|Document Type:||Journal Article|
|Title:||Using redd attributes, fry density, and otolith microchemistry to distinguish the presence of steelhead and rainbow trout in the Elwha River Dam removal project|
|Author:||John R. McMillan, G. R. Pess, Martin Liermann, S. A. Morley, M. McHenry, Lance A. Campbell, T. P. Quinn|
|Journal:||North American Journal of Fisheries Management|
|Keywords:||steelhead, rainbow trout, habitat features, recolonization, dam removal, salmon monitoring,|
The removal of impassable dams can affect stream ecosystems in many ways, including allowing intermixing of life history variants within a single species. The recolonization of anadromous forms into areas previously occupied solely by residents presents a challenge for monitoring recolonization because it may be difficult to directly observe staging or spawning adults, and the offspring of the forms are often outwardly indistinguishable during early life. We evaluated the utility of redd (nest) attributes, fry (age 0) size and fry density to distinguish the presence of larger anadromous (steelhead) and smaller resident (rainbow trout) forms of Oncorhynchus mykiss in the Elwha River, Washington. Redd area and gravel size (D50) successfully discriminated between forms: steelhead redds had significantly larger surface area and had a greater D50 than rainbow trout redds. Fry density was more than twice as high in the steelhead spawning reaches compared to rainbow trout reaches in two years, though significantly so in only one year. In contrast, while fry were slightly longer in steelhead spawning areas compared to areas used by rainbow trout, there was no significant difference. Otolith microchemical analyses revealed that steelhead fry during recolonization were intermediate in size to those found in steelhead and rainbow trout spawning areas prior to dam removal. Thus, fry size may not effectively differentiate parental origin, despite the tendency of anadromous parents to be larger and spawn earlier than residents. Redd attributes and fry density may be useful for evaluating the spatial distribution and relative abundance of steelhead and rainbow trout following dam removal, which has implications for other dam removal projects and species.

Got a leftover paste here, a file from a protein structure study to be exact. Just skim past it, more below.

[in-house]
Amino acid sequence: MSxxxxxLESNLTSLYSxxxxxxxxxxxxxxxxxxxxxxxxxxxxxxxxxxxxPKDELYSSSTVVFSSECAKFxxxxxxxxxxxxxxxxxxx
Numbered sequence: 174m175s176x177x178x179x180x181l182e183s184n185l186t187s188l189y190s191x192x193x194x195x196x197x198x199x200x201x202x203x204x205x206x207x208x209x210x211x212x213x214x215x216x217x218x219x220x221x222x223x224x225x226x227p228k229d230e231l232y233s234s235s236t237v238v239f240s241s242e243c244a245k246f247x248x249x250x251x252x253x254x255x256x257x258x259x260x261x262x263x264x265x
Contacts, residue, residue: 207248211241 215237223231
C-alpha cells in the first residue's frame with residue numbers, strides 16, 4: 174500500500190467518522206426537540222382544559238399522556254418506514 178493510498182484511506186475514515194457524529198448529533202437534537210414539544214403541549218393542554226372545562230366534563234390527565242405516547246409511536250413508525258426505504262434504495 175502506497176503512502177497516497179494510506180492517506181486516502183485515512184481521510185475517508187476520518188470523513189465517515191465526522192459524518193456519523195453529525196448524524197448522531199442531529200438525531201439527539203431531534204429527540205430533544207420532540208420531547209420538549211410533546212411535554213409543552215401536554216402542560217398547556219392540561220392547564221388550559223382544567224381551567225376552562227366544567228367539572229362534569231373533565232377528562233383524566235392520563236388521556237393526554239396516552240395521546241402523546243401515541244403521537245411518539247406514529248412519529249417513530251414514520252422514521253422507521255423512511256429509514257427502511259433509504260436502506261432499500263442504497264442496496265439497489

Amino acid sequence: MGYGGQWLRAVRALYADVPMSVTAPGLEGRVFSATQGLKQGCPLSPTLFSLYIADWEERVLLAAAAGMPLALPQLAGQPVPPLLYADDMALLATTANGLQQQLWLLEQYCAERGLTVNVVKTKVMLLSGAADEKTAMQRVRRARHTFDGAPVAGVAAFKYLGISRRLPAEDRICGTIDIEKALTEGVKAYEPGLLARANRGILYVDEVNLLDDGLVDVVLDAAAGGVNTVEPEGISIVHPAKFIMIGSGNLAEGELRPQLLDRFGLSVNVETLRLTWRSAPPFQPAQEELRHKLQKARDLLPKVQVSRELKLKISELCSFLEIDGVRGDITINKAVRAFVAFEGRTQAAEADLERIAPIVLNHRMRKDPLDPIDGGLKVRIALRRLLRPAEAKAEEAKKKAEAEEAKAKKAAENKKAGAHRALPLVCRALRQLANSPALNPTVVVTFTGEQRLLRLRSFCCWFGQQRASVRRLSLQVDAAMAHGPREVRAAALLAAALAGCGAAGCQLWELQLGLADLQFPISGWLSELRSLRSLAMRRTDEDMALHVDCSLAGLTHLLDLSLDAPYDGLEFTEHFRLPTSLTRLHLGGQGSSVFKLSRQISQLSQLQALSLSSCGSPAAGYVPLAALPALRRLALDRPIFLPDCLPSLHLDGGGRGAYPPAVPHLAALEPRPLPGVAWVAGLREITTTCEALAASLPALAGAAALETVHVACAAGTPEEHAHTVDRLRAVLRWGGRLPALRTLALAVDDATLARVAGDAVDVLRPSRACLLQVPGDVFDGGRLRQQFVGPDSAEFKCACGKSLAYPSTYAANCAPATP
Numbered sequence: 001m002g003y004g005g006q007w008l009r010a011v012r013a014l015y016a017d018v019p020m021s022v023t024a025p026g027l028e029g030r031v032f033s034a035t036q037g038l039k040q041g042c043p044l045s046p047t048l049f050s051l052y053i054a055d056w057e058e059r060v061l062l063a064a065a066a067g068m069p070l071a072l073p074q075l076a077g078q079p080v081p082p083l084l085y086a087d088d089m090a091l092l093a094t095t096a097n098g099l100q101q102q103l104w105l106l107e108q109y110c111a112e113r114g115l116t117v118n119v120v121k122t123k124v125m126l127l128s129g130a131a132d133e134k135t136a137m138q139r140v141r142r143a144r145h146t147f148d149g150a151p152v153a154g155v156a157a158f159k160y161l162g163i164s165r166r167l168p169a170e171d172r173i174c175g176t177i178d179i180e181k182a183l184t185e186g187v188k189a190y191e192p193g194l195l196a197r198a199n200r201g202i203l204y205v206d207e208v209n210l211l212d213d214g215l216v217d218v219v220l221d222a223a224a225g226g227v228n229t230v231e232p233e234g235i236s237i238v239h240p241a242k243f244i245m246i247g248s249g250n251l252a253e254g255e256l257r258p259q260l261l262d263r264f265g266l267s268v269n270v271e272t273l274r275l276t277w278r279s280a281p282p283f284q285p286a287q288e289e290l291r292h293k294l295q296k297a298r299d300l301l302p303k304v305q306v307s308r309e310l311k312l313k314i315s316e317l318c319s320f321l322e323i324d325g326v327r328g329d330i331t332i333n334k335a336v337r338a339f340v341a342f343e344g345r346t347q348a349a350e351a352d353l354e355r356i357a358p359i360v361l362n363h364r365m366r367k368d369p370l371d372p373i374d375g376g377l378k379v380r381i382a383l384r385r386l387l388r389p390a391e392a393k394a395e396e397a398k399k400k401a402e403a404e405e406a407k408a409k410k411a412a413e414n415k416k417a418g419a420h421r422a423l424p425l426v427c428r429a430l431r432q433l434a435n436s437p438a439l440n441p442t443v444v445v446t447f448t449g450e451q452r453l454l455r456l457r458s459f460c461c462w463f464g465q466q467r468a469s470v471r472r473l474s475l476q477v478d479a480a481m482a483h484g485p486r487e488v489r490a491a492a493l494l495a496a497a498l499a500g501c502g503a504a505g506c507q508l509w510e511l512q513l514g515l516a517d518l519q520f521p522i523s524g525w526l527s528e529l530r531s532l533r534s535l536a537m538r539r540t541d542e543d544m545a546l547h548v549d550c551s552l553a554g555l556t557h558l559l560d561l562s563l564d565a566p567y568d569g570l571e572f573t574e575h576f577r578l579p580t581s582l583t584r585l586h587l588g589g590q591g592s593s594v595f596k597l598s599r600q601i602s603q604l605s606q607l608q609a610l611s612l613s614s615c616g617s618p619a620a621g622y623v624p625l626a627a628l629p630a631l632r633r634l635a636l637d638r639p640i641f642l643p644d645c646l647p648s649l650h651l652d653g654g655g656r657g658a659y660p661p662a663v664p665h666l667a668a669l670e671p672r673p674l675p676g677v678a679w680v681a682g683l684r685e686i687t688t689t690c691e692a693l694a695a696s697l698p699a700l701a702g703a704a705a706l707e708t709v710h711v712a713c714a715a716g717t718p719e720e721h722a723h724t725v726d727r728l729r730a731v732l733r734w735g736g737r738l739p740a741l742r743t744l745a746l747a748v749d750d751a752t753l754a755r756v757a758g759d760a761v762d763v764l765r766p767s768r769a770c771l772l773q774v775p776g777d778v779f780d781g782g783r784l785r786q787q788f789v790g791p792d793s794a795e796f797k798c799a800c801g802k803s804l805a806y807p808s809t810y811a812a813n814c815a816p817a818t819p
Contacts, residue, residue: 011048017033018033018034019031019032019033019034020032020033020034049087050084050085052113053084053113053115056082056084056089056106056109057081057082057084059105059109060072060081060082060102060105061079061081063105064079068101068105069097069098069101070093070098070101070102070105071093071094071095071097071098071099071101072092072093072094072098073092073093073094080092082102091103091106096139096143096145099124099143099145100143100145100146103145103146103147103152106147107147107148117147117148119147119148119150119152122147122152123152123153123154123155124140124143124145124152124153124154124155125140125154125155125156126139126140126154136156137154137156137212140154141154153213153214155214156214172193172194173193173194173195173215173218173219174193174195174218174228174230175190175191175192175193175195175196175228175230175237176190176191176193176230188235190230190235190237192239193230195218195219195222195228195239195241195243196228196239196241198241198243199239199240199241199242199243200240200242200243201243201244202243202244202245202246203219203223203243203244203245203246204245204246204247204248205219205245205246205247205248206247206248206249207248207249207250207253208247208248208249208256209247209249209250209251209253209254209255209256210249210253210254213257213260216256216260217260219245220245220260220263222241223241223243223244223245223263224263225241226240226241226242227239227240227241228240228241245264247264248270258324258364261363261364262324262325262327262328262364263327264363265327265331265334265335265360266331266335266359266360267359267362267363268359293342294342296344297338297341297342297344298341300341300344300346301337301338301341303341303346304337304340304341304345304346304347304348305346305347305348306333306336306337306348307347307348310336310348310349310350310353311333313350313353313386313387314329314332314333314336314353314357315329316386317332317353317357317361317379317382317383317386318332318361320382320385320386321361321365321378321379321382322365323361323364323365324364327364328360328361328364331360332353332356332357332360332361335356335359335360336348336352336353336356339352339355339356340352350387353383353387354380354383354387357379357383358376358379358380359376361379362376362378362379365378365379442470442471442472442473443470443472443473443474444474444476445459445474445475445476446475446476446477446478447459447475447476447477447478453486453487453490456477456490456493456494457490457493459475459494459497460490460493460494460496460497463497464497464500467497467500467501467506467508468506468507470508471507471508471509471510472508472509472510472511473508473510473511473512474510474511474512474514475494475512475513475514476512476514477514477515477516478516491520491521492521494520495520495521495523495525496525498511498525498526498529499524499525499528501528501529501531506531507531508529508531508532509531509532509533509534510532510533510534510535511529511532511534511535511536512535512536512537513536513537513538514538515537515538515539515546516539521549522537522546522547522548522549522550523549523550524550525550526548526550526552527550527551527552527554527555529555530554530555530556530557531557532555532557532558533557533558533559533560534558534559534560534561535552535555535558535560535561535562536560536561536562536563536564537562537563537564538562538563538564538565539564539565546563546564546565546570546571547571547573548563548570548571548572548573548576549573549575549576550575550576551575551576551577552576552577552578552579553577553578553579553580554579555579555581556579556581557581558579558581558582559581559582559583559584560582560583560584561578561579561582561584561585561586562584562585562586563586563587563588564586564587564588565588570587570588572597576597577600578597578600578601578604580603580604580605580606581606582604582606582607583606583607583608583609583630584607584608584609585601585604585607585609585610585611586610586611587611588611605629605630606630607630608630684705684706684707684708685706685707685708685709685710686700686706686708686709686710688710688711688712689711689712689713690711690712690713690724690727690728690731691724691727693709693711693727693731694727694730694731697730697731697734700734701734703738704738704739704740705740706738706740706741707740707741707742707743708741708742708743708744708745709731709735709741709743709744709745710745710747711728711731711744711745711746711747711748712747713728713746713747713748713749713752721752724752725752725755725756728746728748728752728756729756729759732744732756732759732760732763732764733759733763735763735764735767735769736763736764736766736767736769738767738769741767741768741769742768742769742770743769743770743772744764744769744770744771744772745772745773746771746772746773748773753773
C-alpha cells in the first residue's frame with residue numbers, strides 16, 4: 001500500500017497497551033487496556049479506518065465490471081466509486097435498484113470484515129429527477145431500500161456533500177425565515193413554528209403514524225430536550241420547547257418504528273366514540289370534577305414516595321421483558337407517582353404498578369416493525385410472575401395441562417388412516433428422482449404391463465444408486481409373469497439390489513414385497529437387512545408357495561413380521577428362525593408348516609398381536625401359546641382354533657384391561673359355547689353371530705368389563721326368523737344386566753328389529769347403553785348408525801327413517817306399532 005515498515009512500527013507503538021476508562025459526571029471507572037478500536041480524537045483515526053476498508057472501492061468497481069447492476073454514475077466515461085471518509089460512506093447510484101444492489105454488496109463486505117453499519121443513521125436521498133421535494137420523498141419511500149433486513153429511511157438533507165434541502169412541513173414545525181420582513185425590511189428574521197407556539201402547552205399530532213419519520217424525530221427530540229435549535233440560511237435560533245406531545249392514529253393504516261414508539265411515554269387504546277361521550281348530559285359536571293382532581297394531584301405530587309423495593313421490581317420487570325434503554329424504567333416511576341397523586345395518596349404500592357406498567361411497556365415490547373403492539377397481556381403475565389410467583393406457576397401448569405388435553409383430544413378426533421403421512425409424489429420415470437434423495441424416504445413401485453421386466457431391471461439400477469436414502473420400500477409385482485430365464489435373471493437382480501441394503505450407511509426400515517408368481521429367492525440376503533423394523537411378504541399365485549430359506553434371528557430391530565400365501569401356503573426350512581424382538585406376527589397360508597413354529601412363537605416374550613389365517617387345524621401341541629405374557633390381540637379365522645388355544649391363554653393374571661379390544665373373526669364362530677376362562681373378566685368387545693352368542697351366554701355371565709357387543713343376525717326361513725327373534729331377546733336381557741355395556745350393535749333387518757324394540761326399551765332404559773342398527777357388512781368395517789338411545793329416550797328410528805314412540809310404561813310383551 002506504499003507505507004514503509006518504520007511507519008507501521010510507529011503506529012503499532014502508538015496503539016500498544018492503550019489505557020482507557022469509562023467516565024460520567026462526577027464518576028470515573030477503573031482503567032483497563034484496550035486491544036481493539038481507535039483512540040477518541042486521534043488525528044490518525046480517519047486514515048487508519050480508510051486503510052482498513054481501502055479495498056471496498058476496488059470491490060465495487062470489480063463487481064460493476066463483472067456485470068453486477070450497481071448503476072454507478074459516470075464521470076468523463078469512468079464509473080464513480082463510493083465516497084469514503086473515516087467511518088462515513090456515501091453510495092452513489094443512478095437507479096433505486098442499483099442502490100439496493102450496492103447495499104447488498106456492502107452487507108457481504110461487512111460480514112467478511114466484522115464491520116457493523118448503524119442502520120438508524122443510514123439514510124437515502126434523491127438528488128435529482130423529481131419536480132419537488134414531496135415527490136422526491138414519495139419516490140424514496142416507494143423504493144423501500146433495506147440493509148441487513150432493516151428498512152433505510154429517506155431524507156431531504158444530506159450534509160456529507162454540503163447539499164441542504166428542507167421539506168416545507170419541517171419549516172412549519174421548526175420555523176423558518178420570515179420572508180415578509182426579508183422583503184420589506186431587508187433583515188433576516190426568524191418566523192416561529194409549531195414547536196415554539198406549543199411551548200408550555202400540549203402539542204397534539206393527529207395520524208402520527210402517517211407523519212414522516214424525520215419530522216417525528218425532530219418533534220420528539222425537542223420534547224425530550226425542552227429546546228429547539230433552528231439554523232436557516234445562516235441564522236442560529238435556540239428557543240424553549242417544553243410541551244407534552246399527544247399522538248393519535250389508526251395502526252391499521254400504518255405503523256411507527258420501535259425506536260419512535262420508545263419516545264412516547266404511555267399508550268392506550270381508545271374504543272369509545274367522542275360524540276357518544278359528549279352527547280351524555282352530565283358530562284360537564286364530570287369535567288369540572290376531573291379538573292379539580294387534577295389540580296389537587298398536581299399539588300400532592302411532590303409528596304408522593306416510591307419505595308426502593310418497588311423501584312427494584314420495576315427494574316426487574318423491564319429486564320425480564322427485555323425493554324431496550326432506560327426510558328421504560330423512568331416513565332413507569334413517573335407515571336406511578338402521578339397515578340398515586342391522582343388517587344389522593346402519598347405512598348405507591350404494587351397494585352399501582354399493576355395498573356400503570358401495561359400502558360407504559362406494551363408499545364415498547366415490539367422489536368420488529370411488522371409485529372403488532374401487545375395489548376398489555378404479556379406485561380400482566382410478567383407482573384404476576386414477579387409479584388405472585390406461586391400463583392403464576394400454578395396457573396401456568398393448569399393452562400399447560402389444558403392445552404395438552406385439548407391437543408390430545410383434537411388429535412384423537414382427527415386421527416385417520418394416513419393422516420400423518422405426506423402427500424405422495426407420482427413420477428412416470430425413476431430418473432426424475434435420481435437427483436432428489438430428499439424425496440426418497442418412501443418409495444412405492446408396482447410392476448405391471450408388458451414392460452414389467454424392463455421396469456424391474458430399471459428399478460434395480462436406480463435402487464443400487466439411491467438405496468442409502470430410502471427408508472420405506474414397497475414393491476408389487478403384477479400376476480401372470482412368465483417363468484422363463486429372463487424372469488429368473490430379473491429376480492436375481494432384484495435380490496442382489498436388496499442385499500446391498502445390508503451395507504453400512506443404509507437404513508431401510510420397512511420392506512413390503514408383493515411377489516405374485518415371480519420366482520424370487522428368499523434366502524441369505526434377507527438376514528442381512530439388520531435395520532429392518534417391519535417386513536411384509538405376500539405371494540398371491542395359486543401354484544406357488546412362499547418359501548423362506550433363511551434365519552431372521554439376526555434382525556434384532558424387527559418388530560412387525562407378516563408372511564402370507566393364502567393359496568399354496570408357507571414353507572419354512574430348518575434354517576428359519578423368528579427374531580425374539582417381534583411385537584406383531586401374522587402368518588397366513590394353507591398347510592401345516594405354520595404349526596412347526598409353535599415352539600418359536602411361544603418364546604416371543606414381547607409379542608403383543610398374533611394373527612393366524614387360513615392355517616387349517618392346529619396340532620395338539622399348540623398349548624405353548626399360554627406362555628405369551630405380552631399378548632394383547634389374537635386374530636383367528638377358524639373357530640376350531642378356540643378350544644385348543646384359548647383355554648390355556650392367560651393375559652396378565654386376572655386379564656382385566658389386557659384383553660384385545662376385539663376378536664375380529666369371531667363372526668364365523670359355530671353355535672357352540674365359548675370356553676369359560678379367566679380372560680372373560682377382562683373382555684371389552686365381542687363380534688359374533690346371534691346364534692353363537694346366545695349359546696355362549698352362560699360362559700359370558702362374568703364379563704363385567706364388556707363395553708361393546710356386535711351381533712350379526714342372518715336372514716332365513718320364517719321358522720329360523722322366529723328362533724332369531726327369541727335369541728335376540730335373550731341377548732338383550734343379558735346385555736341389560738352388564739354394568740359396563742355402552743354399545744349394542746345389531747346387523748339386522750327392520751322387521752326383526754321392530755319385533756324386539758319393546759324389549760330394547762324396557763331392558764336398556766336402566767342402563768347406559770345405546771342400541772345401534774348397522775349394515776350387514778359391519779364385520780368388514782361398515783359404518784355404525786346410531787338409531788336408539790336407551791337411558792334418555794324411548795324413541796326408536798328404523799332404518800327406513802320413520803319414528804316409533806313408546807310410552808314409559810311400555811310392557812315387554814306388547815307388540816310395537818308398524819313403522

|Theme:||Habitats to Support Sustainable Fisheries and Recovered Populations|
Characterize relationships between habitat and ecosystem processes, climate variation, and the viability of organisms.
Develop effective and efficient habitat restoration and conservation techniques.